A civil complaint filed last month in Indiana state court alleges that Allison Transmission executives paid bribes in China to win work there.
Stephen Lowe, an American working for Allison in Shanghai, said he witnessed cash payments, gifts of jewelry, and lavish parties for customers. Allison’s main business in China is selling bus transmissions to government-owned companies.
Lowe alleges that soon after he objected to the practices and told another employee his American expatriate boss was “corrupt,” he was fired. He’s suing under an Indiana state law that protects whistleblowers.
There’s no private right of action under the FCPA. Only the DOJ and SEC can enforce it. State court suits alleging behavior that might violate the FCPA were recognized by the DOJ as a possibility. The Lay Person’s Guide to the FCPA notes that “[c]onduct that violates the antibribery provisions of the FCPA may also give rise to a private cause of action for treble damages under the Racketeer Influenced and Corrupt Organizations Act (RICO), or to actions under other federal or state laws.”
But examples of state laws being used for FCPA-related civil suits are rare. In one case from 2003, the plaintiff brought a claim under California’s Unfair Competition Law that alleged potential FCPA violations. See Korea Supply Co. v. Lockheed Martin Corp. (2003) 29 Cal.4th 1134. The court allowed the suit based on the bribery allegations but said California law wouldn’t let the private plaintiff recover any money damages — just injunctive relief or restitution.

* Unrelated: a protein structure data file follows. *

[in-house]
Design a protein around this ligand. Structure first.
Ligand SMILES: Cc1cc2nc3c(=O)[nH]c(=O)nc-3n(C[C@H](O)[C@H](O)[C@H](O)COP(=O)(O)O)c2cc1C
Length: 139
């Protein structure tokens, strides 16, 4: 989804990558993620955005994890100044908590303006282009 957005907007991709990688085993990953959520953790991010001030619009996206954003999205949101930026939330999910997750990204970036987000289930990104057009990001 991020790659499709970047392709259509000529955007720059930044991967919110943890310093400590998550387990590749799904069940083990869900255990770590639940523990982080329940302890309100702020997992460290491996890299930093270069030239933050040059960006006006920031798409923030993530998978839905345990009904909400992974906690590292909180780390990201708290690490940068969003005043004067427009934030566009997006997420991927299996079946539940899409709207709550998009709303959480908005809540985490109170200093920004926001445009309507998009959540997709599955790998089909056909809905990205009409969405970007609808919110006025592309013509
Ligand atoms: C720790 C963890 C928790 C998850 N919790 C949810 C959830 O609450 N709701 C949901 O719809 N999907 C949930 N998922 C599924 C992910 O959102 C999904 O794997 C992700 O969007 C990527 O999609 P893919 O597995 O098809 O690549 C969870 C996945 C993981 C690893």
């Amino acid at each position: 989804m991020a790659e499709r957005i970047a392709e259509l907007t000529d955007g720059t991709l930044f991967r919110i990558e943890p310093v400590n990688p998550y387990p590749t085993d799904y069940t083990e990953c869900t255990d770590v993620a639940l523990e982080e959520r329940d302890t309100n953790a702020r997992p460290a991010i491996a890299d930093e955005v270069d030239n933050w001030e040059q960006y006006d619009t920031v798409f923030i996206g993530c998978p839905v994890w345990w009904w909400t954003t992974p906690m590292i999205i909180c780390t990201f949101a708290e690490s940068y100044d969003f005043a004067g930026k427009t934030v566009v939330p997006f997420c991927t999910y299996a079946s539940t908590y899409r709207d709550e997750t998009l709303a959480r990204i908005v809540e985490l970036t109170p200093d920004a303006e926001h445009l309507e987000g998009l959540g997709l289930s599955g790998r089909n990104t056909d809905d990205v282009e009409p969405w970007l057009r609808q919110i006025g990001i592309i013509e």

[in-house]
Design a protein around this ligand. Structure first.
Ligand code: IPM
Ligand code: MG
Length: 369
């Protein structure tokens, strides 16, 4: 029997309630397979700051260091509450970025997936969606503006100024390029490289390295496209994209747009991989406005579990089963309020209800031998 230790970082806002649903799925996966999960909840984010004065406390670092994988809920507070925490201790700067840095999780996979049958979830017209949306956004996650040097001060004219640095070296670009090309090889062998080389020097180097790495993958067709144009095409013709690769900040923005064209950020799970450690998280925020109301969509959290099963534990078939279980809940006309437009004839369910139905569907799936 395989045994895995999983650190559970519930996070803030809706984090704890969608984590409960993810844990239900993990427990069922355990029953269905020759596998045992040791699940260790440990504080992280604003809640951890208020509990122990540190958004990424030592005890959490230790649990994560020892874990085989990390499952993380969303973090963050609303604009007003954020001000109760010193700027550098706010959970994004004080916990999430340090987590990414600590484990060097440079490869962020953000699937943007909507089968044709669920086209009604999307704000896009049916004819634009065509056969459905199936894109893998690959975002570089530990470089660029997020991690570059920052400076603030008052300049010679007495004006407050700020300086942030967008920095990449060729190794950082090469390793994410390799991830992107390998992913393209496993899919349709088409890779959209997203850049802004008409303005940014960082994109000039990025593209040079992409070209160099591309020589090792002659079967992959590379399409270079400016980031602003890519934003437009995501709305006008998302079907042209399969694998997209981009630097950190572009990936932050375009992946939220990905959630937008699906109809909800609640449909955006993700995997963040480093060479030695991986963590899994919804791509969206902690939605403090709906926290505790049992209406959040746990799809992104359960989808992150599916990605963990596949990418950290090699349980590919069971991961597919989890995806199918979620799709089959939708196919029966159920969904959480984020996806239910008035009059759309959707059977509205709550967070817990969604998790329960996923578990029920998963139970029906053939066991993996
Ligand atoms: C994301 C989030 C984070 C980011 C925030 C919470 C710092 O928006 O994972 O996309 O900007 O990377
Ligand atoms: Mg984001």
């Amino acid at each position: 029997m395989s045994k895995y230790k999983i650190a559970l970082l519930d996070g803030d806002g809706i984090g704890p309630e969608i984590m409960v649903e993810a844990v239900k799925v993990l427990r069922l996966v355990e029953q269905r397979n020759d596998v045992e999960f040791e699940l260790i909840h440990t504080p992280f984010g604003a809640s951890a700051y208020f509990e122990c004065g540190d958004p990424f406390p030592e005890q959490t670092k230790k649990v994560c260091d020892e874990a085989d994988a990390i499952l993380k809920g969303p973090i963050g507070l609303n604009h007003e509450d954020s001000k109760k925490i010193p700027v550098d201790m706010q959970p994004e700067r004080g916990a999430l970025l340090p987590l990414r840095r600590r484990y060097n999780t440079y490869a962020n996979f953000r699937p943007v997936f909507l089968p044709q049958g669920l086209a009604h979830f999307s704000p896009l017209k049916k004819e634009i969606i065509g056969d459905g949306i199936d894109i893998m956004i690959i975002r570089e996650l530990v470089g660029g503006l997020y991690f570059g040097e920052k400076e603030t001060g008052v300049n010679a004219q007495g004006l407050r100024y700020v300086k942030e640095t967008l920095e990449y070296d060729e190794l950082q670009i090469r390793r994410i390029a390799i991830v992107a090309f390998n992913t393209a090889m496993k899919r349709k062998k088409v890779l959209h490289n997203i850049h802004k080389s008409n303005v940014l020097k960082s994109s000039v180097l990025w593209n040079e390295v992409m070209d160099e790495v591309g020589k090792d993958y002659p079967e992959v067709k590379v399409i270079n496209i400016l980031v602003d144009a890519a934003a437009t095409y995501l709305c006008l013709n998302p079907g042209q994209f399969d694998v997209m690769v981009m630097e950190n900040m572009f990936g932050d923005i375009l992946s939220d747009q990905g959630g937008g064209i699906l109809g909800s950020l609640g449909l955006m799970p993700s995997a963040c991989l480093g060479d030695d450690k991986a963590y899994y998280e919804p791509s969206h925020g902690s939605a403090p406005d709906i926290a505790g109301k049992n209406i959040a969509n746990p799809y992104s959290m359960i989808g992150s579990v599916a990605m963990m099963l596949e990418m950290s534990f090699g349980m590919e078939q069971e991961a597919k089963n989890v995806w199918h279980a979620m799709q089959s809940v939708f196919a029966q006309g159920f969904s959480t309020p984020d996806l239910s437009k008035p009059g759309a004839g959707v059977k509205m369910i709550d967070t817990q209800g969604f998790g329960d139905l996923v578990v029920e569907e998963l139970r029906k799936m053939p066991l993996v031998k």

Indiana’s whistleblower protection law allows for reinstatement, double the amount of back pay that’s owed, interest, and attorney’s fees.
A few days after Lowe was fired, according to an account in the Indianaoplis Business Journal, he sent a letter to his former boss saying “you want to terminate me because I told you about one employee’s FCPA violations in China. You want to protect this employee and yourself.”
Lowe hired a Washington, D.C. labor-law firm to bring his suit in Indiana state court. The Indianapolis Business Journal said Lowe’s lawyer wouldn’t “say whether he lodged a complaint with the Justice Department. The federal agency would not confirm nor deny an investigation.”
Allison, the paper said, hasn’t yet filed an answer to the complaint. “We’re looking into the allegations but we can’t comment on the specifics of pending litigation,” a spokesperson said.
Whatever happens, Lowe won’t be in line for a whistleblower bounty under the new SEC rules. Allison Transmission isn’t a public company and doesn’t file any reports with the SEC. It’s apparently still owned by private equity firms Carlyle Group and Onex Corporation, which bought the company from GM in 2007 for $5.6 billion.
Our thanks to a reader in D.C. for sending us a link to the story.